My dad is in assisted living and has been falling out of his chairs lately. Is there a solution?

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He eats in a dining room which is where most of the incidents are happening and it's a problem because no one is directly paying attention to him and anytime a nurse sees someone fall and possibly hit their head, they have to call an ambulance and send them to the ER. Most of the time it hasn't been necessary and it's expensive! He tends to fall asleep easily and then leans of course but the chairs have thin arms and he falls out easy. He also has dementia so he wouldn't remember to always bring some sort of device with him to meals. Any ideas on what I can do to help?

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Mom's table mate was restricted to her wheelchair during meals, and the facility clipped an alarm to her shoulder that went off whenever she leaned too far forward. And it should be up to the facility to ensure he is using the fall alert, not him.
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Since these incidents are causing injuries, you need to call a Care Conference with the staff, including the director, and voice your concerns. If Dad is a fall risk, he needs to be supervised when he's out of his room. Since he has fallen more than once, the staff should realize he needs to be watched at mealtimes. Not only are they required to call 911, they also need to fill out paperwork each and every time he falls, and that's a pain. It would be easier to assign someone to keep an eye on him at mealtimes. When my mom was in Memory Care, there were always at least 2 aides in the dining room supervising.

You might also consider bringing him to the dining room in a wheelchair. Those are harder to fall out of. High sides and the table in front of him. He could even be belted in.
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I'm surprised the staff hasn't taken him to the dining room in a wheelchair. That's the obvious solution. I agree it's time for a care conference.
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Sounds like he should not be in a regular dining char, or even one without arms. Sounds like he should be in a wheelchair.
Although you can not "restrain" a person there are clip on tables for wheelchairs that will sort of prevent one from sliding out, or tipping out.
My Husband would list to one side and I would keep the back of the wheelchair slightly reclined so that he was not in a complete upright position. Made it a bit more difficult to lean forward to slide out.
The last chair I had for my Husband was a Broda Chair. it had slight sides to it almost like one of the "old fashioned" wing back chairs. With that bit of a side up near the shoulders he was less likely to slip and the "wings" prevented him from leaning too far to one side.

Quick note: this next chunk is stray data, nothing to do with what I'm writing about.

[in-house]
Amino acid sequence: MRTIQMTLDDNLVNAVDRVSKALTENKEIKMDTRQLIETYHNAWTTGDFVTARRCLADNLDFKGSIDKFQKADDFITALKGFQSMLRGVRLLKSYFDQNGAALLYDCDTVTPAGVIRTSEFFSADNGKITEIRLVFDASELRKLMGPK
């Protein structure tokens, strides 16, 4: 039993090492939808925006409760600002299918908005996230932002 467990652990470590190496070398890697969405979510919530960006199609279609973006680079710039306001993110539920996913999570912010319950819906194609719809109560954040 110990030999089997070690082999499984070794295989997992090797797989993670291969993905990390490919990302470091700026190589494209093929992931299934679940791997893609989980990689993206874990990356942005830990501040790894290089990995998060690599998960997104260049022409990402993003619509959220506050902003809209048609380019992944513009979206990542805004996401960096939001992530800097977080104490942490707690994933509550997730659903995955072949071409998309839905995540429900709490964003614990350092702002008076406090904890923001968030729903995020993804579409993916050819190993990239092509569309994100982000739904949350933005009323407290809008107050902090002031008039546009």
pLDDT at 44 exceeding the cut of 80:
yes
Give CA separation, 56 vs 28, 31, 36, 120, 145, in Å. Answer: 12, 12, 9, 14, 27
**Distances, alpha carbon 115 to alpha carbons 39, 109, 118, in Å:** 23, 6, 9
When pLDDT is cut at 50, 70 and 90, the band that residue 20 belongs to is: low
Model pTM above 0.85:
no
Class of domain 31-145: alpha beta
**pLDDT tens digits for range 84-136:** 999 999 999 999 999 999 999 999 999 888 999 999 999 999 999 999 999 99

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I agree with the above. Years ago when Dad was recovering from an illness, he couldn't sit up in one of those chairs without leaning too far over the side, so he had to be in a wheelchair, as well. I also agree that it's the facility's responsibility to make sure he has the fall alarm in use. You can't expect the patient to remember!
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Contact the facility's administrator and nursing director to get some answers. A report must be filied every time he falls and this would impact the facility's overall rating. The facility should be concerned.
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Maybe assisted living is the wrong plan for your father, although the wheelchair idea has merit.
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Try being there at mealtime. You might need to have him eat in his quarters.

Sadly, they are not allowed to 'strap him in' - and falls will happen. They are following procedure to call an ambulance. Think of the lawsuits if they didn't.
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there are all kinds of geriatric chairs and beds, some of these have a tray table that can be removed after meals and there are also soft pillow like wraps that prevent these falls. he simply is not safe in a regular chair, something needs to be done asap period.
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My husband has fallen from chairs, too. After taking him to the ER and getting no explanation from them, I have realized that it is Syncope. My friend whose husband did this often, was told by a Dr. in the ER that Syncope 'happens quite often to the elderly.' Now I don't worry about it. He falls over and after five or 10 minutes is able to get up. We live in a senior community so the ER  Dr.'s do see a lot of Syncope.
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